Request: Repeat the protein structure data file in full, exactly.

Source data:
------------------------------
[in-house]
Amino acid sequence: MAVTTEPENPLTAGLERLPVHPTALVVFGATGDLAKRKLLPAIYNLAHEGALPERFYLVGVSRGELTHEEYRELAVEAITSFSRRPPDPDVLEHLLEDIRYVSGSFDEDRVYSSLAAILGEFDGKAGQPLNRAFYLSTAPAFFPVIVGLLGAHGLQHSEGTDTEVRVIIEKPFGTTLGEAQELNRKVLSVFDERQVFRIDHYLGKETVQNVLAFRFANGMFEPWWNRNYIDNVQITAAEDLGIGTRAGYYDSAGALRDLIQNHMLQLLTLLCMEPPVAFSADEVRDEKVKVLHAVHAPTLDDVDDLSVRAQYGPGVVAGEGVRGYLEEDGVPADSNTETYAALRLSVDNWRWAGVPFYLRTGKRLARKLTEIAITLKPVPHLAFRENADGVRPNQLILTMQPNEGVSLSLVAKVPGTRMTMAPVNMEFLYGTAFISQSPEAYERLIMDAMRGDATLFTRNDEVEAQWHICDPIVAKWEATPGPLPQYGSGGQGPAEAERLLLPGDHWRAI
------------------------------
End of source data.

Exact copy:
[in-house]
Amino acid sequence: MAVTTEPENPLTAGLERLPVHPTALVVFGATGDLAKRKLLPAIYNLAHEGALPERFYLVGVSRGELTHEEYRELAVEAITSFSRRPPDPDVLEHLLEDIRYVSGSFDEDRVYSSLAAILGEFDGKAGQPLNRAFYLSTAPAFFPVIVGLLGAHGLQHSEGTDTEVRVIIEKPFGTTLGEAQELNRKVLSVFDERQVFRIDHYLGKETVQNVLAFRFANGMFEPWWNRNYIDNVQITAAEDLGIGTRAGYYDSAGALRDLIQNHMLQLLTLLCMEPPVAFSADEVRDEKVKVLHAVHAPTLDDVDDLSVRAQYGPGVVAGEGVRGYLEEDGVPADSNTETYAALRLSVDNWRWAGVPFYLRTGKRLARKLTEIAITLKPVPHLAFRENADGVRPNQLILTMQPNEGVSLSLVAKVPGTRMTMAPVNMEFLYGTAFISQSPEAYERLIMDAMRGDATLFTRNDEVEAQWHICDPIVAKWEATPGPLPQYGSGGQGPAEAERLLLPGDHWRAI